Stropp's World

Games And Gamery

Side Effects

Posted by Stropp on October 8, 2011

If you read Tobold’s blog you would have seen a post a few days ago where he lamented the loss of his Facebook account. It’s in Facebook’s terms of service that the name you use must be ‘real.’ And by real, I guess that means the one on your birth certificate.

(I wonder when Stephen King will have his account banned.)

Today, Tobold posts about one of the consequences of that banning. He used Facebook Connect to add some social functionality to Castle Empires Online (aka The Settlers Online.) This linked the game to his Facebook account via an app, and now he cannot access that game until he removes the app. Of course he cannot remove the app because he can’t log in to that Facebook account.

No Castle Empires Online for you. Catch 22. That’s some catch, that Catch 22. It’s the best there is.

I don’t know about you, but I’ve recently noticed a number of blogs sporting a comment section that is basically a Facebook widget that requires a guest to login to their Facebook account in order to comment.

Aside from the questionable practice of forcing someone who may not want to have a FB account to have one to comment, or to have every comment they make replicated in their FB feed, the bigger issue to me is the loss of control the blog owner is giving to Facebook. No longer does the blog own the comments, they are now Facebook property. And if Facebook decides for one reason or another to ban that blog, well, what happens to all those comments?

This Tobold Facebook banning has brought another issue to mind.

Blizzard now has a policy of linking their various games together in the same account. Your World of Warcraft, Starcraft 2, and soon Diablo 3 games will all be linked together, if you use the same Battlenet account.

Now what happens if in one of those games you do something against the terms of service and get yourself an account ban. Do you lose access to every Blizzard game linked to that account?

And hey, it might not even be you doing the dirty deed. Account hacks are not unknown, and folks have been banned temporarily on that basis. So your WoW account is hacked, and Blizzard shuts you down for two weeks while it investigates. And during this time you don’t have access to SG2, or D3 to fill the gaming gap. Nice.

That’s why it’s been my policy for some time to not do things like use Facebook Connect. If a game offers an update service such as tweeting achievements, fine. You can turn those off in game. But a game should never be disabled by the failure of an optional third party service. That is unacceptable.

This is also why I create a separate Battlenet account for each of my Blizzard games. I have used different emails for both WoW and SC2, and I’ll be creating a new email address for Diablo 3 when I buy that.

The world is rushing headlong towards a completely connected state where everything is linked. Don’t get me wrong, this can be very useful and save time by simplifying online life, but the problem here is if one link fails, does it bring down the rest?

Is anyone considering the side effects, or building in redundancy?

Is There An Expectation Of Privacy In Social Games?

Posted by Stropp on October 20, 2010

Sometimes I just have to shake my head.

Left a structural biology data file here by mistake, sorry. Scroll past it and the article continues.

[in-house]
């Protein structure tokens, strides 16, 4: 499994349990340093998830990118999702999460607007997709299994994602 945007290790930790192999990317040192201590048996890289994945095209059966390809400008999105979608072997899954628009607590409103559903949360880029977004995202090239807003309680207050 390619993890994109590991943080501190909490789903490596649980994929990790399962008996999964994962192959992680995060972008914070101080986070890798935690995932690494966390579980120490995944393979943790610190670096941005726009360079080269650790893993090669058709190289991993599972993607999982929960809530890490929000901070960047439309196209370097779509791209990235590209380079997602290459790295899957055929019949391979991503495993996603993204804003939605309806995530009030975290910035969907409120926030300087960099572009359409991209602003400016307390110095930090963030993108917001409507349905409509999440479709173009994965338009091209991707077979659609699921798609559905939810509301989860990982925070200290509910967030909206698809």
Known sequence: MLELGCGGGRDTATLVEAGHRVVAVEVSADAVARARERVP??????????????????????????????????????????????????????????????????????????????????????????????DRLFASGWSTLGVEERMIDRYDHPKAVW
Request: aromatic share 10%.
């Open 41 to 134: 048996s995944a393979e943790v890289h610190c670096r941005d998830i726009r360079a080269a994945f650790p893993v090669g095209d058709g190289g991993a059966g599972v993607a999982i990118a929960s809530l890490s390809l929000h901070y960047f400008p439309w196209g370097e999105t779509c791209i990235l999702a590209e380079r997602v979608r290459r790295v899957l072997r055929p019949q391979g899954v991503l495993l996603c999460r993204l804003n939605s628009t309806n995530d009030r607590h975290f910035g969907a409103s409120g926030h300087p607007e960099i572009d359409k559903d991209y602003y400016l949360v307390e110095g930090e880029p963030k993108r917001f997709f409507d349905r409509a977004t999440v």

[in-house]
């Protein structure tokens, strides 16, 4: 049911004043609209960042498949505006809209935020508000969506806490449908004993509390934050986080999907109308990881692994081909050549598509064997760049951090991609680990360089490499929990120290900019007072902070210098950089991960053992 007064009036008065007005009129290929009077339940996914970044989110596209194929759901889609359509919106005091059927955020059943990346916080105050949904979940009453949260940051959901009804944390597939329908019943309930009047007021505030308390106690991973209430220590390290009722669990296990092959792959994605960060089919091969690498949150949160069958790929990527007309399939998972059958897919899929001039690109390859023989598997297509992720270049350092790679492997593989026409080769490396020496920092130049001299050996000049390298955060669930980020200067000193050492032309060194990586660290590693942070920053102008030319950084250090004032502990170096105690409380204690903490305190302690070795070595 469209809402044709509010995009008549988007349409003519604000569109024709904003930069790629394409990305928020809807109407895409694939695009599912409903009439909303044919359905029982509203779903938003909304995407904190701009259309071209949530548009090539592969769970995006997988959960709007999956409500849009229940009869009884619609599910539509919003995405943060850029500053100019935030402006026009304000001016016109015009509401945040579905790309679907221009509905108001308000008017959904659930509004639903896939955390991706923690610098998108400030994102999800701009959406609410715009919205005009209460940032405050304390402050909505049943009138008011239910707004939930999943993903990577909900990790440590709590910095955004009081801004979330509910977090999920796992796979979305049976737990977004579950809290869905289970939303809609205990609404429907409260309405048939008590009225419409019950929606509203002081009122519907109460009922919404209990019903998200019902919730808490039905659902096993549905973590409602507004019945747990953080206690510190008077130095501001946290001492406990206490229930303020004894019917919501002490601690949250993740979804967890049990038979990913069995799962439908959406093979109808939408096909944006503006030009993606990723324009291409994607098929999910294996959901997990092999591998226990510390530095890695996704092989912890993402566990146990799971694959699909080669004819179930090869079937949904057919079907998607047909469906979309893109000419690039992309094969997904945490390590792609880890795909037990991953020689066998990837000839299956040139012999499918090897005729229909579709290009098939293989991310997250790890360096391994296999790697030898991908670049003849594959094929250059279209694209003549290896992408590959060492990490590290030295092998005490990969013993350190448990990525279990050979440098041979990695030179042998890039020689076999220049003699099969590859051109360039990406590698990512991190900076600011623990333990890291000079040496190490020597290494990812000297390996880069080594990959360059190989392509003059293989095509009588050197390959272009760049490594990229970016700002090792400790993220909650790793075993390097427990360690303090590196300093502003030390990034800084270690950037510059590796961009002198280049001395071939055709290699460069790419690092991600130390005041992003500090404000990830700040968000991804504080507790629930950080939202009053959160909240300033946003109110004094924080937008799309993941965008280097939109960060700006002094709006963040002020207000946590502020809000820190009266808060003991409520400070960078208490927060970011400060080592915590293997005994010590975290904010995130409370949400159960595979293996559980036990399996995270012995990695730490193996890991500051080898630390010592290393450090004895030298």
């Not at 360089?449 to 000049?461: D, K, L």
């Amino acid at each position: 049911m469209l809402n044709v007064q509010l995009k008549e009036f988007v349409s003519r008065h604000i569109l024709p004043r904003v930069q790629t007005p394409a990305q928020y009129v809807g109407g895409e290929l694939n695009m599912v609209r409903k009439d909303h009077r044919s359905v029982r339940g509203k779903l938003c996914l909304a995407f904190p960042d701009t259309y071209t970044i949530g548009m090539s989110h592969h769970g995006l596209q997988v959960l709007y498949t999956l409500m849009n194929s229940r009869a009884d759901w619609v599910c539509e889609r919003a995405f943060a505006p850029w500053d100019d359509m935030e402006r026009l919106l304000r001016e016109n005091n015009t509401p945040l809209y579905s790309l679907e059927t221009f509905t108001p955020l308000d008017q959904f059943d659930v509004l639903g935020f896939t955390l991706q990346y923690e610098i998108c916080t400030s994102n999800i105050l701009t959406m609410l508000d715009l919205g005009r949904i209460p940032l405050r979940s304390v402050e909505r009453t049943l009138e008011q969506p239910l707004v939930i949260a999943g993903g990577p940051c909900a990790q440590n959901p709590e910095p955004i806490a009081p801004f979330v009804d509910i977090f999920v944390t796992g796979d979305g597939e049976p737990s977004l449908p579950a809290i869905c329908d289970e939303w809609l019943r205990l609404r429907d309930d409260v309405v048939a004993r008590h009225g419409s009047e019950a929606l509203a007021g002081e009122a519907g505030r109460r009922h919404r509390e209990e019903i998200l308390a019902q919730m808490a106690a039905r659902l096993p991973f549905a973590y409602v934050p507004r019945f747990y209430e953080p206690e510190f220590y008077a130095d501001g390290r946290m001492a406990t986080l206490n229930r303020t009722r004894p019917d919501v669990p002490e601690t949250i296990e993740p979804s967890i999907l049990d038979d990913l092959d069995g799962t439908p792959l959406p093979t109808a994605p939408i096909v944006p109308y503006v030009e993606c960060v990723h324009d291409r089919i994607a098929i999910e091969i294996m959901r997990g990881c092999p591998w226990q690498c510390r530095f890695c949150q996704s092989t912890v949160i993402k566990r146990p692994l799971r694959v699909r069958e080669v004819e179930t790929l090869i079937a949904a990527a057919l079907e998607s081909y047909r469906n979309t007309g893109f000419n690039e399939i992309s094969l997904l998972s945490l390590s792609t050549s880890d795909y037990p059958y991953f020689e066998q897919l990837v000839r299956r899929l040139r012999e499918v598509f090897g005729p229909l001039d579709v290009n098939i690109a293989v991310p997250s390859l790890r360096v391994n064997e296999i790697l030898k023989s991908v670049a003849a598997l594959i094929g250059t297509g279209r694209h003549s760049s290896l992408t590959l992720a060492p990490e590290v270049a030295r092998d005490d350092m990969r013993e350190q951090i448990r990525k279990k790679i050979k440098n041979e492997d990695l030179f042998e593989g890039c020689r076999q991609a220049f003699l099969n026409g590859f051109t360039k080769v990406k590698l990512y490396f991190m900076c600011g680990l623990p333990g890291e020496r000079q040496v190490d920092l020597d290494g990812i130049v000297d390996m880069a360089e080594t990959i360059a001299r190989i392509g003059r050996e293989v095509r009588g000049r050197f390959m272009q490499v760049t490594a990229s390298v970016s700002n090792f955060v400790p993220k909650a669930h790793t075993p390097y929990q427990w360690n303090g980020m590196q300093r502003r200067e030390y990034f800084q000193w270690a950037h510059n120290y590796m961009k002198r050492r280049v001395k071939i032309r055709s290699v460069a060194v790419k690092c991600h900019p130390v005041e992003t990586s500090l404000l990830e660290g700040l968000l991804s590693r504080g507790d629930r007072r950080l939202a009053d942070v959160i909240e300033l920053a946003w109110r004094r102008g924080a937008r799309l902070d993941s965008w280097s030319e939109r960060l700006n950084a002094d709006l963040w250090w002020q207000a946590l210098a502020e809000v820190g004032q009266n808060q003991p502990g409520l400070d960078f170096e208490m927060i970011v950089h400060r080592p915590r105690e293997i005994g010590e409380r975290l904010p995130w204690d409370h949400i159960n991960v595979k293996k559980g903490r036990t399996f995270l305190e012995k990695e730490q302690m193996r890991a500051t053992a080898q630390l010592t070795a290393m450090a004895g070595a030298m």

Players of Facebook games appear to have had their trust violated by Zynga and some other social gaming providers. It turns out that Facebook has a flaw that allowed these companies to collect personal information on players of games like Farmville. Zynga then allegedly sold this data to a third party market research company which then ‘accidentally’ released that data to other companies. Hmmm.

I recently gave some of the social games on Facebook a bit of a go, but found them very lacking. There were three I tried out, City of Wonders, Farmville, and a space empire 4X style game. Of all three, only the 4X game (can’t remember the name off hand, sorry) kept my interest for any time. Both City of Wonders and Farmville insist on inviting Facebook friends in order to progress. While some players obviously don’t mind that, if your friends don’t respond to game requests (noone responded to my CoW requests… awwww) then there is no way to progress. So not my cup of tea.

Anyway, it now bothers me that since I spent some time playing these games, there is a likelihood that my personally identifiable data is now in the hands of some marketing dude because an unscrupulous company broke the rules. And it’s not just the Facebook users who have lost here. Facebook itself has taken great pains to improve it’s handling of user data. Zynga screwed Facebook over here.

Should Facebook users have an expectation of privacy when playing social games on the Facebook network?

Should Facebook ban Zynga?

Stropp on Facebook

Posted by Stropp on July 16, 2010

I had forgotten that I set up a Facebook account for this blog a while back, in fact it was quite a long time ago that I did set it up. I think at the time I had seen how a Facebook profile could provide a better rounded experience for blog readers. Instead I ended up focussing on Twitter for the whole social networking thing.

But just recently I’ve received a few eMails from Facebook telling me that I have a few friend requests pending. So I hopped in a little while ago and approved the requests.

Of course nothing is ever as simple as that, and I spent a little while setting things up properly, for instance adding the profile picture, likes, and some info about me (my gaming persona) and the blog. I also have an unpublished fan page for Stropp’s World, but I need to work on that a little more before I do publish it.

I was even lucky enough to get the vanity URL, which I expected to be taken. If you’d like to friend me on Facebook, that’s the link to click on as it will take you straight to my profile. I’ll try and accept your requests as soon as I can.